Fact: you can still catch STIs from oral sex. So if you're going down on your partner, it's worth using protection. If your partner is female, this means using a dental dam. A what? We explain all.
What the hell is a dental dam?
A dental dam is a thin square of latex you put over lady bits to cover them during oral sex. This acts as a barrier to prevent the spread of STIs. Dams come in a variety of flavours, and can also be made by cutting up a condom.
Why haven’t I heard of dental dams before?
Firstly, there’s a common misconception that oral sex is ‘safe’. It’s not. Sure, you can’t get pregnant from having oral sex, but you can catch an unsavoury collection of STIs, including Herpes, Syphilis, Chlamydia, Gonorrhoea, HPV, and even HIV. This isn’t just from giving blowjobs, but from going down on girls as well. Yet, safe oral sex isn’t as widely discussed as it needs to be. There’s a distinct lack of promotion of the risks and so the humble dental dam isn’t getting the recognition it deserves.
“A lot of young people haven’t heard of dental dams, and that’s part of the problem,” says Dr Ranj Singh, a doctor who specialises in young people’s health. “But oral sex is not risk-free. You can catch STIs and the risk is real enough to be using them.”
Where can I get dental dams?
Annoyingly enough, it’s not easy. Even the pharmaceutical world is playing catch-up with emerging research that oral sex isn’t safe. Mainstream high-street stores don’t tend to stock them, but they’re available online – just make sure it’s a trusted source. At £7 for four they’re not cheap, but you can get them for free from your local STI clinic where a health specialist will teach you how to use them. And condoms can be made into dental dams, too. We recommend using flavoured ones as the taste of latex can sometimes be a turn-off.
How do I use a dental dam?
Dr Singh gives his tips on ensuring you’re using a dental dam properly:
- Place the dam over the vagina before ANY oral to genital contact. Either the giver or receiver can hold it in place.
- Use a new dam each time you have oral sex.
- Don’t turn it over. Make sure the side in contact with the genitals stays on that side.
- Add lubricant to the side in contact with the vagina for increased sensitivity and sensation.
- Don’t use with oil-based lubricants because they can erode the latex. Stick to water-based instead.
Rimming and dental dams
They aren’t just used to cover up lady gardens. Dams are used during anal oral sex – otherwise known as ‘rimming’ – too. It’s doubly important you use a dam when rimming because you’re not only at risk of catching an STI but also other E-coli-y infections. Use a dental dam to cover an anus the same way you would cover a vagina. But make sure you don’t transfer the dam from anus to fanny, or vice versa. Use a new dental dam for each tongue exploration sesh.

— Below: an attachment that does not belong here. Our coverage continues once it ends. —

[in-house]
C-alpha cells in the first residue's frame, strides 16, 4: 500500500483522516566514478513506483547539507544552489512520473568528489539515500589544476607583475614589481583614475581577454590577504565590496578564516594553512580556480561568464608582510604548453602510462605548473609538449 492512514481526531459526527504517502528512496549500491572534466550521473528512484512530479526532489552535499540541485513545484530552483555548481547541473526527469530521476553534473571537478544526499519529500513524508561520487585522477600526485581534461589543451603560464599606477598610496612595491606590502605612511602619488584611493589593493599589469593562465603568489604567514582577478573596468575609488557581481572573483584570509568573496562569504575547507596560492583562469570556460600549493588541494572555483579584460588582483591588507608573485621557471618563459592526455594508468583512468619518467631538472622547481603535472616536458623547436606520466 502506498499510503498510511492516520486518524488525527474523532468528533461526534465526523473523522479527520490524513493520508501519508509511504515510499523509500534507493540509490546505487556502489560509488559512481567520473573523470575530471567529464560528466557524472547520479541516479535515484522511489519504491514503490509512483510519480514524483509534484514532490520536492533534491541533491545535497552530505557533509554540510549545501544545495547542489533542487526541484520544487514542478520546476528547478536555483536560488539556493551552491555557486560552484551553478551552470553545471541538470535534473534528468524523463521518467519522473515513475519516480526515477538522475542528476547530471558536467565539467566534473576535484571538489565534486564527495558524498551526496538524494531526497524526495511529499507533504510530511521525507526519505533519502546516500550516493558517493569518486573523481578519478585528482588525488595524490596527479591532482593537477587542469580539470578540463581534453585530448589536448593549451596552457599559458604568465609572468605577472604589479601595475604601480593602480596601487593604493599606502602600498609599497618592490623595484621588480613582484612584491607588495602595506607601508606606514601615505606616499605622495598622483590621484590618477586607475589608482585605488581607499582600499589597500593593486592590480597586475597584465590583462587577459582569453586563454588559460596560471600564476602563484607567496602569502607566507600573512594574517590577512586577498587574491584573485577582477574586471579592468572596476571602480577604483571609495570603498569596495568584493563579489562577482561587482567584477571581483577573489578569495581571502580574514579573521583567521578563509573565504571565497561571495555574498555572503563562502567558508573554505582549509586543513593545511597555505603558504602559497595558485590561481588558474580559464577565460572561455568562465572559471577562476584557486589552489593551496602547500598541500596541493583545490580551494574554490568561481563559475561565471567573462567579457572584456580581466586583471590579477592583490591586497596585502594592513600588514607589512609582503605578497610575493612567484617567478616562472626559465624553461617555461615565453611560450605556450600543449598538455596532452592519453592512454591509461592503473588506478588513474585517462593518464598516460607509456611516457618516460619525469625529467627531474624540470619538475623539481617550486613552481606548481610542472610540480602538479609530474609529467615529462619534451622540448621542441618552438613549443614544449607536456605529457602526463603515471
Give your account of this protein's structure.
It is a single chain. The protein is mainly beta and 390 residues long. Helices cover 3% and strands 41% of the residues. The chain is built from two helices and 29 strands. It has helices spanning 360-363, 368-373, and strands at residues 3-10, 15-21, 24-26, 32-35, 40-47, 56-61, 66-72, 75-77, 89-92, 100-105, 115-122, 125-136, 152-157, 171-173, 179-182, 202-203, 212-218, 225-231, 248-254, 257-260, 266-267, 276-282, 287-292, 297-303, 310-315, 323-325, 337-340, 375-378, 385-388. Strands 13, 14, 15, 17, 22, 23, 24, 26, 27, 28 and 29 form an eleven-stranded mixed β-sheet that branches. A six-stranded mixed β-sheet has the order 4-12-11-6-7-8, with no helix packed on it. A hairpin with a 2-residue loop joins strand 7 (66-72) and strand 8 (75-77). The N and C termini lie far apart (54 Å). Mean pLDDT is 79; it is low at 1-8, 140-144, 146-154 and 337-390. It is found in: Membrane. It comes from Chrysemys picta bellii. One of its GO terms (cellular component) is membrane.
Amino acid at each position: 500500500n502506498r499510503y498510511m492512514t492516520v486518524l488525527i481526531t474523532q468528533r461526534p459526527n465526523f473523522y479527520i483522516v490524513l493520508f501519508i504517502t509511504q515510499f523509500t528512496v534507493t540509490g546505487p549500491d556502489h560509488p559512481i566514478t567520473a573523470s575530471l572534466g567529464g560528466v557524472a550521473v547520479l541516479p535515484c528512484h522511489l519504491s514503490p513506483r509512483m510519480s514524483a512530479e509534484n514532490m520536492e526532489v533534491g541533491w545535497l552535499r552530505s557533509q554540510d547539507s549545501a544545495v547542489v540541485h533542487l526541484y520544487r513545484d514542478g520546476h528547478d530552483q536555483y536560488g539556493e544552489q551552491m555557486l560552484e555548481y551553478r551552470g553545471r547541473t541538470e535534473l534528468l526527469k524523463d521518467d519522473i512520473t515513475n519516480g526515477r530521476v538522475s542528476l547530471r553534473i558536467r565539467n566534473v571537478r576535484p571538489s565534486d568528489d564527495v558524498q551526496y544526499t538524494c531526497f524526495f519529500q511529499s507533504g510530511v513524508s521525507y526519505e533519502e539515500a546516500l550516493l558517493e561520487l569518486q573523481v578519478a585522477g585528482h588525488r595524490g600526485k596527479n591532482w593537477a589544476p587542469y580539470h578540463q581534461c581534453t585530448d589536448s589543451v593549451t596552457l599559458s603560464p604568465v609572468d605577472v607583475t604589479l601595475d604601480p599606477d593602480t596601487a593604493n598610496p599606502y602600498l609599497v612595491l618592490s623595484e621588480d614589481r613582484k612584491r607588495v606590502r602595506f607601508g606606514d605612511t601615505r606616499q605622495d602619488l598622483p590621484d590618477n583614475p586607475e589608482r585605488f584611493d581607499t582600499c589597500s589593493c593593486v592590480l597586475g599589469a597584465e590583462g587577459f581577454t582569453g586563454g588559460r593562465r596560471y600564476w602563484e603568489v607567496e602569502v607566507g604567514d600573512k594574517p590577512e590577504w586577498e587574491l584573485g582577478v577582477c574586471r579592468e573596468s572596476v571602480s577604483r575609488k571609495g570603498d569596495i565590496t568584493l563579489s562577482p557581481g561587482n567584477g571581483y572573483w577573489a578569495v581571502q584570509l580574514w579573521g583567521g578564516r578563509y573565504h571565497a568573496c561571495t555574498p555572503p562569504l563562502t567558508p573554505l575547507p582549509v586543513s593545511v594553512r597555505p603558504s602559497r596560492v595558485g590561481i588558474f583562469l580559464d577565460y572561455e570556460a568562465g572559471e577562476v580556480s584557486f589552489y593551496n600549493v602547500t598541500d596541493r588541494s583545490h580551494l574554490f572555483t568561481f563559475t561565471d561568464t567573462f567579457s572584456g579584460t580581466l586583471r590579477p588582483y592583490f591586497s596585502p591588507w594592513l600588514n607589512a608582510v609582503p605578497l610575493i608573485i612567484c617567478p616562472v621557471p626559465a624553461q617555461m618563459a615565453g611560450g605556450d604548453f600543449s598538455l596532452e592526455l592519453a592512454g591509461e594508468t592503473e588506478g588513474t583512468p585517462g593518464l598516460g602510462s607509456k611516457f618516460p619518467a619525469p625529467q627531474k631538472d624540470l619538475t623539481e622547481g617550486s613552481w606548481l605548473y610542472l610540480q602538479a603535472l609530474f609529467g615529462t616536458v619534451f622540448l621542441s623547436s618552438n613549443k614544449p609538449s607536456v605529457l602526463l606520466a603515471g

Lesbian sex and dental dams
Lesbians can still get STIs. OK, it’s easier to pass on an STI through penetrative sex so a penis-free sex life does reduce the risk, but not enough to neglect protection. When giving/receiving oral sex with any new partner, make sure you use a dental dam until you’ve both been tested for STIs.
But dental dams are ugly, smelly and just plain weird. Do I have to use one?
Chances are you’ll read this article and think ‘hmm, getting me some dental dams is a pretty good idea’! Then you’ll Google image them, see what they look like, and think ‘bollocks to that’.
We’re warning you: dental dams are pretty gross to look at. “Dams just aren’t very attractive,” says Dr Singh. “They’re essentially just really functional, and putting a big square of plastic over your bits doesn’t feel very sexy.” This may make it tricky – and unfortunately, un-erotic – to ask a partner to use them. But your sexual health is important, right? So don’t feel too embarrassed about pulling them out of your top drawer/hand bag/back pocket. After all, condoms aren’t exactly going to win any beauty contests.
- Are you Getting Some? Get Tested! Search for a sexual health clinic near you
- Brook provides free sexual health and wellbeing services for young people in the UK. Brook's services include local clinics and online digital sex and relationships tool.
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By Holly Bourne
Updated on 29-Sep-2015
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